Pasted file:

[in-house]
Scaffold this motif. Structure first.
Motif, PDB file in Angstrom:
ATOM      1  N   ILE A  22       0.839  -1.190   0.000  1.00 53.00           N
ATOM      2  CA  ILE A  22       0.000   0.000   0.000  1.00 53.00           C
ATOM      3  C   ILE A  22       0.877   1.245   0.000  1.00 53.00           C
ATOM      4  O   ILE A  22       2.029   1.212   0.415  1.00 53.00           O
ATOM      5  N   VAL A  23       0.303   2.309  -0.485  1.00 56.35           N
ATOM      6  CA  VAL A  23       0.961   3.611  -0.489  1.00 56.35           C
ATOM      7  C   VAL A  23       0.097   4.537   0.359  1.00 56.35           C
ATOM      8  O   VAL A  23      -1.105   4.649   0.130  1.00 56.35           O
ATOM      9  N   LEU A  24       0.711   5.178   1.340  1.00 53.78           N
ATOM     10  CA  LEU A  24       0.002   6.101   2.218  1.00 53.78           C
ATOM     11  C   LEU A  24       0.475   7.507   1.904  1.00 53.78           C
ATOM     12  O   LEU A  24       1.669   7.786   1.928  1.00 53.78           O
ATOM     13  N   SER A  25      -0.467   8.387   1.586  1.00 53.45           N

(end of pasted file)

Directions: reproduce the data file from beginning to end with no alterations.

[in-house]
Scaffold this motif. Structure first.
Motif, PDB file in Angstrom:
ATOM      1  N   ILE A  22       0.839  -1.190   0.000  1.00 53.00           N
ATOM      2  CA  ILE A  22       0.000   0.000   0.000  1.00 53.00           C
ATOM      3  C   ILE A  22       0.877   1.245   0.000  1.00 53.00           C
ATOM      4  O   ILE A  22       2.029   1.212   0.415  1.00 53.00           O
ATOM      5  N   VAL A  23       0.303   2.309  -0.485  1.00 56.35           N
ATOM      6  CA  VAL A  23       0.961   3.611  -0.489  1.00 56.35           C
ATOM      7  C   VAL A  23       0.097   4.537   0.359  1.00 56.35           C
ATOM      8  O   VAL A  23      -1.105   4.649   0.130  1.00 56.35           O
ATOM      9  N   LEU A  24       0.711   5.178   1.340  1.00 53.78           N
ATOM     10  CA  LEU A  24       0.002   6.101   2.218  1.00 53.78           C
ATOM     11  C   LEU A  24       0.475   7.507   1.904  1.00 53.78           C
ATOM     12  O   LEU A  24       1.669   7.786   1.928  1.00 53.78           O
ATOM     13  N   SER A  25      -0.467   8.387   1.586  1.00 53.45           N